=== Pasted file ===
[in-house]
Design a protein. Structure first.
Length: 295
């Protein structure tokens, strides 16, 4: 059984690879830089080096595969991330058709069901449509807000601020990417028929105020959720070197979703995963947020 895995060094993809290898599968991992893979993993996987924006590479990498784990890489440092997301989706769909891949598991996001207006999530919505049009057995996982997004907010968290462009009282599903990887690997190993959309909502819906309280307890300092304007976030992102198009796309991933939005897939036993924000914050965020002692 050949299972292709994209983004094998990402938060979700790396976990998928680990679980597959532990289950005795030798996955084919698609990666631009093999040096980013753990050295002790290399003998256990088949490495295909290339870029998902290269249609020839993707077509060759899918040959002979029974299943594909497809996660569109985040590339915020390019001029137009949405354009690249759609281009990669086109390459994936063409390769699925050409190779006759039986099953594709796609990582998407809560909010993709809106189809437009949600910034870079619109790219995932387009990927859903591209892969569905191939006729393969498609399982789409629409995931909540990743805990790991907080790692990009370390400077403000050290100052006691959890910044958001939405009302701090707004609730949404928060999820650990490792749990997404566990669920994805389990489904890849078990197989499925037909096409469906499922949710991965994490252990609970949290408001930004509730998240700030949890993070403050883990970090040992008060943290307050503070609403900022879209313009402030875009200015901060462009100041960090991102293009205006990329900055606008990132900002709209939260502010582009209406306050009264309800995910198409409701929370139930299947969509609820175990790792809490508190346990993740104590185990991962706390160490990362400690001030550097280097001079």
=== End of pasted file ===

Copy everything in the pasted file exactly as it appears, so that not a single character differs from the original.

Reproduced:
[in-house]
Design a protein. Structure first.
Length: 295
């Protein structure tokens, strides 16, 4: 059984690879830089080096595969991330058709069901449509807000601020990417028929105020959720070197979703995963947020 895995060094993809290898599968991992893979993993996987924006590479990498784990890489440092997301989706769909891949598991996001207006999530919505049009057995996982997004907010968290462009009282599903990887690997190993959309909502819906309280307890300092304007976030992102198009796309991933939005897939036993924000914050965020002692 050949299972292709994209983004094998990402938060979700790396976990998928680990679980597959532990289950005795030798996955084919698609990666631009093999040096980013753990050295002790290399003998256990088949490495295909290339870029998902290269249609020839993707077509060759899918040959002979029974299943594909497809996660569109985040590339915020390019001029137009949405354009690249759609281009990669086109390459994936063409390769699925050409190779006759039986099953594709796609990582998407809560909010993709809106189809437009949600910034870079619109790219995932387009990927859903591209892969569905191939006729393969498609399982789409629409995931909540990743805990790991907080790692990009370390400077403000050290100052006691959890910044958001939405009302701090707004609730949404928060999820650990490792749990997404566990669920994805389990489904890849078990197989499925037909096409469906499922949710991965994490252990609970949290408001930004509730998240700030949890993070403050883990970090040992008060943290307050503070609403900022879209313009402030875009200015901060462009100041960090991102293009205006990329900055606008990132900002709209939260502010582009209406306050009264309800995910198409409701929370139930299947969509609820175990790792809490508190346990993740104590185990991962706390160490990362400690001030550097280097001079």